Riverwest Filling Station
In spite of The A.V. Club’s semi-regular visits to Milwaukee’s Riverwest neighborhood for things like Riverwest Fest, Locust Street Days, and other great events, it appears as though we usually skip dining there. No matter the cause of our lapse in culinary coverage, we jumped at the idea of visiting Riverwest Filling Station, Milwaukee’s newest growler bar and restaurant.
The space: While the restaurant is new, the edifice at the corner of Keefe and Pierce dates back to the early ’20s, when the blueprints of architect Charles Koch (who also designed The Pfister) were brought to life. From 1941 through early 2009, the building housed Albanese’s, an Italian restaurant. However, any thoughts of a stuffy 90-year-old building or outdated pasta joint are immediately dispelled upon entering the renovated space, which is elegantly outfitted with still-fragrant wood-slat tables, new light fixtures, winding ironwork, and commissioned paintings dotting each available wall vacancy. Speaking of the walls, huge sections of the imposing brick façade have been knocked down in favor of massive windows. However, some pre-Albanese’s relics remain, most notably the metallic ceiling and (re-finished) maple flooring.
The service: Sometimes the best indication of a restaurant’s service is the way it handles the hiccups. As we entered, we stood at the vacant host station beside the bustling bar for a couple of minutes before seating ourselves near the restaurant’s southern wall. Once there, Nate, the server who inherited our self-assigned seating, made up for the rocky start with polite, prompt, all-around professional handling. Even when a mistake in the kitchen resulted in a guest of ours receiving a chicken sandwich instead of a portabella sandwich, Nate was apologetic and insisted on paying for her sandwich, after offering to replace it. The month-old eatery is rough around the edges, but it seems to already have a sturdy server foundation.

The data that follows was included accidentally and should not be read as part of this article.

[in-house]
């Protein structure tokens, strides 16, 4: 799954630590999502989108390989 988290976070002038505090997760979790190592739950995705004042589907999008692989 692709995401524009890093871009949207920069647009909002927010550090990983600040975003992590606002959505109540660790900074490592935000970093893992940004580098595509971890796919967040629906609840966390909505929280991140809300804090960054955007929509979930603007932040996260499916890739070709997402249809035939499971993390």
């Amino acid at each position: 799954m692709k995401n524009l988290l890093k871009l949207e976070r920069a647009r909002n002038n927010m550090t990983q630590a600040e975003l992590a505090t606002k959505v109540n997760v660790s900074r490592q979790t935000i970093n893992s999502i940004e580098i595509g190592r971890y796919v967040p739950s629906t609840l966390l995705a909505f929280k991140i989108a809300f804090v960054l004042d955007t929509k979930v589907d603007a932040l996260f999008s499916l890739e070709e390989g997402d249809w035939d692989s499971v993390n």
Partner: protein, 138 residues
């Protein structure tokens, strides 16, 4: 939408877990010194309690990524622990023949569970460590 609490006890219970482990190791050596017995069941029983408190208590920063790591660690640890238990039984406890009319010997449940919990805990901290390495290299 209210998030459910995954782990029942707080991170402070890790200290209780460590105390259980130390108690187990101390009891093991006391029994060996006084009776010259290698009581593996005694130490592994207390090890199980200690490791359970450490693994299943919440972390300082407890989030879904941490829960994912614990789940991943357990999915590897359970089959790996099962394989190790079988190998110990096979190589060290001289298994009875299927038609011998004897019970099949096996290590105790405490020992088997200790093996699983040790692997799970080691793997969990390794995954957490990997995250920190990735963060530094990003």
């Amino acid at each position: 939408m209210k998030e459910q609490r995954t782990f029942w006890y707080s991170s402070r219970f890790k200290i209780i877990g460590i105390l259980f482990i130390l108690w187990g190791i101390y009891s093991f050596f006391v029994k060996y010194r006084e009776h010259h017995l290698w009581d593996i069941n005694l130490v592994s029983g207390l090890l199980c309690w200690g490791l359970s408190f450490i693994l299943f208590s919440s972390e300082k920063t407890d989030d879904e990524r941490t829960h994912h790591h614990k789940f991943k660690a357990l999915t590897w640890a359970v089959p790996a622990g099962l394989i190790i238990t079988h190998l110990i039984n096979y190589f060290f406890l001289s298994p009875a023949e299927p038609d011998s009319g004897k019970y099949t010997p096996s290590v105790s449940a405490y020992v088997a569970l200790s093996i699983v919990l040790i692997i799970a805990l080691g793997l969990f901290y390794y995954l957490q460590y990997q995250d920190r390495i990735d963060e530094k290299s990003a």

The A.V. Club’s food: Though we opted to forego the station’s unique growler offering, we made sure to take advantage of the restaurant’s stacked selection of draft beer. Of the 30-plus options (and 45 bottled), we landed on one of the local and limited variety, a pint of Lakefront Brewery’s 25th Anniversary Imperial Stout ($5). The chocolate-tinged, bitter stout paired well with the smoky overtones of our entrée, The Meatwad ($12), a charbroiled, Aqua Teen Hunger Force-inspired—judging by the presence of “The Frylock” in the appetizer section—hunk of beef, shaved strip steak, grilled mushrooms, and onion, with tomato, pickle, and lettuce garnish jammed into a Wildflour Bakery bun. A generous bed of sweet-potato fries vied for our attention between juicy burger bites.
In addition to the Filling Station’s three burgers, seafood sandwiches (shrimp and catfish), chicken, shellfish dishes, and New York strip steak, a respectable portion of the menu is devoted to vegan and vegetarian fare. Chicken-fried chicken is listed seamlessly beside Kari’s Vegetarian Sloppy, a lentil-based sloppy Joe. Prices run the gamut from a $7 hamburger to the $18 Shitake Encrusted Ahi Tuna, with most nestled between $8 and $12.
The verdict: Come for the historic architecture, stunning artwork, and impressive array of growler-fillings, stay for the scattered selection of both meaty and meatless menu items.